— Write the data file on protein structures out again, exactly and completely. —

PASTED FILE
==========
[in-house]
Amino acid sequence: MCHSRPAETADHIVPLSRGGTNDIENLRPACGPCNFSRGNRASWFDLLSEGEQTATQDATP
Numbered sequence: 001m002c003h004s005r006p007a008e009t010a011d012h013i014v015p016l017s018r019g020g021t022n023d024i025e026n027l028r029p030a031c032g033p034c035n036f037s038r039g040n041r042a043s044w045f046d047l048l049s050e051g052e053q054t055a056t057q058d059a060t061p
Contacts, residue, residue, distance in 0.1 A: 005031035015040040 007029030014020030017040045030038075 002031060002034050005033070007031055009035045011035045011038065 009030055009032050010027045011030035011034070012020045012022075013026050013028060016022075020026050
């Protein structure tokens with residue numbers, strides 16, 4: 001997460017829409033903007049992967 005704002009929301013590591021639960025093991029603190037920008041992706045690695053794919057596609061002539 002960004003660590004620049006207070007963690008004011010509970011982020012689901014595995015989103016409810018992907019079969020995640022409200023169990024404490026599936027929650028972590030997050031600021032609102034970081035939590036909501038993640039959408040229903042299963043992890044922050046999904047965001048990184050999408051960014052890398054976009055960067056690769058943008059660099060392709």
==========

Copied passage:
[in-house]
Amino acid sequence: MCHSRPAETADHIVPLSRGGTNDIENLRPACGPCNFSRGNRASWFDLLSEGEQTATQDATP
Numbered sequence: 001m002c003h004s005r006p007a008e009t010a011d012h013i014v015p016l017s018r019g020g021t022n023d024i025e026n027l028r029p030a031c032g033p034c035n036f037s038r039g040n041r042a043s044w045f046d047l048l049s050e051g052e053q054t055a056t057q058d059a060t061p
Contacts, residue, residue, distance in 0.1 A: 005031035015040040 007029030014020030017040045030038075 002031060002034050005033070007031055009035045011035045011038065 009030055009032050010027045011030035011034070012020045012022075013026050013028060016022075020026050
């Protein structure tokens with residue numbers, strides 16, 4: 001997460017829409033903007049992967 005704002009929301013590591021639960025093991029603190037920008041992706045690695053794919057596609061002539 002960004003660590004620049006207070007963690008004011010509970011982020012689901014595995015989103016409810018992907019079969020995640022409200023169990024404490026599936027929650028972590030997050031600021032609102034970081035939590036909501038993640039959408040229903042299963043992890044922050046999904047965001048990184050999408051960014052890398054976009055960067056690769058943008059660099060392709």